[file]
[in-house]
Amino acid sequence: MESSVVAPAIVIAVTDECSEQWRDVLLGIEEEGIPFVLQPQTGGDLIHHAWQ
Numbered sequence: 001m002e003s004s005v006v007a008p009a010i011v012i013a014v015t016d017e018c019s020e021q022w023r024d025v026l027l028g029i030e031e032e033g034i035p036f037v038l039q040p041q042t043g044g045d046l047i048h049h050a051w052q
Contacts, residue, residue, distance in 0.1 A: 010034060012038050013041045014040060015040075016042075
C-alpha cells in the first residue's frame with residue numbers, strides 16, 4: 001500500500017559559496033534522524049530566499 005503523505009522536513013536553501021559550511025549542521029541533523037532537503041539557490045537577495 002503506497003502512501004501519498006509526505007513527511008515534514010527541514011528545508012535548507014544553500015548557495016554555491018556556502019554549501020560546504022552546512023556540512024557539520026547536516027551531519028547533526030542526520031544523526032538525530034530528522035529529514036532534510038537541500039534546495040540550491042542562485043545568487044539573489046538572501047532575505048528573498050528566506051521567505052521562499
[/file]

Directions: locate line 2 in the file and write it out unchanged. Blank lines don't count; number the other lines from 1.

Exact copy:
Amino acid sequence: MESSVVAPAIVIAVTDECSEQWRDVLLGIEEEGIPFVLQPQTGGDLIHHAWQ